Three Republicans — Mike Lee of Utah, Thom Tillis of North Carolina, and Ron Johnson of Wisconsin — have tested positive in recent days. The other senators who have sought testing — about evenly divided between the two parties — have so far tested negative.
Aides for both Mr. Lee and Mr. Tillis have tested negative, according to spokesmen for the lawmakers.
Mr. Johnson has said that he would return to the Senate even if he were still ill when Judge Amy Coney Barrett’s nomination to the Supreme Court came to a vote, declaring that he would show up “in a moon suit” if necessary to confirm the president’s Supreme Court nominee before the election.
Senate leaders at war over the confirmation have quickly set aside differences and agreed to adjourn for two weeks beginning Monday. (The House had already been scheduled to be out of session.)
That left the cavernous Capitol — a beehive workplace for 535 legislators and thousands of staff — eerily empty on Tuesday as a frantic investigation was underway to understand the extent of the transmission.
Anxiety over the possibility of widespread infection is particularly acute on Capitol Hill, where nearly half of senators are over the age of 65; the House, on average, is not much younger, and thousands of employees have been forced to work amid the pandemic.
President Trump is reporting “no symptoms” of the coronavirus and doing “extremely well,” according to the White House physician, Dr. Sean P. Conley.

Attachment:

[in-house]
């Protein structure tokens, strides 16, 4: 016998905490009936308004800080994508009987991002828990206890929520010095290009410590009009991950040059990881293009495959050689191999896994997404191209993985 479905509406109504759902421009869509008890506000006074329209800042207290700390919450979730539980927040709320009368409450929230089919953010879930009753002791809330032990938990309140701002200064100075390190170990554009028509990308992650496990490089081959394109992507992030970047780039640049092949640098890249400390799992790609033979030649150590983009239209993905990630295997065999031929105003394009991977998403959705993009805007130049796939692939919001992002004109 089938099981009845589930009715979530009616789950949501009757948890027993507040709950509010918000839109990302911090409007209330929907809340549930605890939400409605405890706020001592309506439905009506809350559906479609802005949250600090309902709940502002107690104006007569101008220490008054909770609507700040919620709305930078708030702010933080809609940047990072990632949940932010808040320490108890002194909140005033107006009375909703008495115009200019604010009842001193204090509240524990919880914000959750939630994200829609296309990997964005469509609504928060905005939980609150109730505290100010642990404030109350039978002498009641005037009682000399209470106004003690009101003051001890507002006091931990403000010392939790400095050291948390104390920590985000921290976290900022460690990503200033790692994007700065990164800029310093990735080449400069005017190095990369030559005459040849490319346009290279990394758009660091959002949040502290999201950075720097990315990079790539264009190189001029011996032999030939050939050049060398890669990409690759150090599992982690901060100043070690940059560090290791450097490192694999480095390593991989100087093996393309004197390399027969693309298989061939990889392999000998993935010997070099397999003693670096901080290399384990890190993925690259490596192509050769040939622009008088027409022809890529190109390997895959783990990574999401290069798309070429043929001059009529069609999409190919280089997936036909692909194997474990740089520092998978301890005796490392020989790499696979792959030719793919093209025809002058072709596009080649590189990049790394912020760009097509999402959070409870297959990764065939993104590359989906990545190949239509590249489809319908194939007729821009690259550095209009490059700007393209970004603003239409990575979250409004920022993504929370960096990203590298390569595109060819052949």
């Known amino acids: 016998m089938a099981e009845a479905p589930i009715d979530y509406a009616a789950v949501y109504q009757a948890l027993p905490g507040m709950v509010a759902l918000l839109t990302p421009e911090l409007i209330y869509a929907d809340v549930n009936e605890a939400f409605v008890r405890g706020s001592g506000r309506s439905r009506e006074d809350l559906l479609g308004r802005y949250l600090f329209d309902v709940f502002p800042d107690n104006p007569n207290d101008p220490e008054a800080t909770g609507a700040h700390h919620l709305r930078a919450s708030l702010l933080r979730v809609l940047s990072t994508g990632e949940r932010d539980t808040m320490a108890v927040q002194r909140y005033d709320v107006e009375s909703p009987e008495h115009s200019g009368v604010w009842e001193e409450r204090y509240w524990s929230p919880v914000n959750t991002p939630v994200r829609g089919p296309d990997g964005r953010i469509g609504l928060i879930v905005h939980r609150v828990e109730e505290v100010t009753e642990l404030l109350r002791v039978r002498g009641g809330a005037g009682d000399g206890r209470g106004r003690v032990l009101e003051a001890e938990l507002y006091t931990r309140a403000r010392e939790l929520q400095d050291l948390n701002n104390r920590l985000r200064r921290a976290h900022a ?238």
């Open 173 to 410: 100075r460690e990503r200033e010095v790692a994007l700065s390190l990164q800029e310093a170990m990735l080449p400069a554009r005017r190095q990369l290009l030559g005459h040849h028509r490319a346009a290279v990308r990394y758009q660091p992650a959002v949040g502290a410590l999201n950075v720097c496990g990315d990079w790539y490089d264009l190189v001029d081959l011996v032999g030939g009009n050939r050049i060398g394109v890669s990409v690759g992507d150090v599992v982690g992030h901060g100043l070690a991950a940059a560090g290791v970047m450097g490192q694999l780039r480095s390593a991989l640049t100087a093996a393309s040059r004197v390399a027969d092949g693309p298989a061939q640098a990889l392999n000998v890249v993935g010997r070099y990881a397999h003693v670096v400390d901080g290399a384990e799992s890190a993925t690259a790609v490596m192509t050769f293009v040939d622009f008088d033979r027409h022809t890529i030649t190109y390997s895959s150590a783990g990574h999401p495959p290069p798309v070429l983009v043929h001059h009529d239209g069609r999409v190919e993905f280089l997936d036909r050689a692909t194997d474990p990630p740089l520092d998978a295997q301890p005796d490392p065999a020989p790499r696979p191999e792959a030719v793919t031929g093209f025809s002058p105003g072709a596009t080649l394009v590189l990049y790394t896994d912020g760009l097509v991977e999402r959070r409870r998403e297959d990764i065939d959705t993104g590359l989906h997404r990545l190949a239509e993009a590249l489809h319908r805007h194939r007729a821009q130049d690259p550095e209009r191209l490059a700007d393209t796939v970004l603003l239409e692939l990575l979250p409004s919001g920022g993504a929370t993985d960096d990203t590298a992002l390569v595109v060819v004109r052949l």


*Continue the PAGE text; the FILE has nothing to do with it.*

In a brief, three-sentence memo released by the White House, Dr. Conley — whose credibility has been questioned by some medical experts after he admitted to giving a deliberately rosy description of the president’s condition during a news briefing over the weekend — said that Mr. Trump’s team of physicians visited him in the residence this morning and that, after a “restful first night at home,” Mr. Trump “reports no symptoms.”
“Vital signs and physical exam remain stable,” he said, “with an ambulatory oxygen saturation level of 95 to 97 percent.”
“Over all he continues to do extremely well; I will provide updates as we know more,” Dr. Conley said.
Separately, Vice President Mike Pence’s physician also released an update on his condition, saying that Mr. Pence has “remained healthy, without any Covid-19 symptoms.” The physician, Dr. Jesse T. Schonau, said that Mr. Pence had been tested daily and had received negative results. He reiterated his past assertion that Mr. Pence did not qualify as a “close contact” with anyone who has tested positive for the virus, according to guidelines from the Centers for Disease Control and Prevention.
“The Vice President is encouraged to go about his normal activities and does not need to quarantine,” Dr. Schonau wrote. Mr. Pence is in Salt Lake City ahead of Wednesday night’s vice-presidential debate and plans to attend campaign rallies in Arizona and Nevada the day after.
Facebook removed a post from President Trump on Tuesday that violated its policy against sharing misinformation about the virus, one of the few times that the social network has taken down one of his posts.
In Mr. Trump’s message, he falsely claimed that the flu was responsible for more deaths than the coronavirus. More than one million people have died from the coronavirus, with more than 35.5 million cases reported around the world. Mr. Trump’s post is no longer available on Facebook.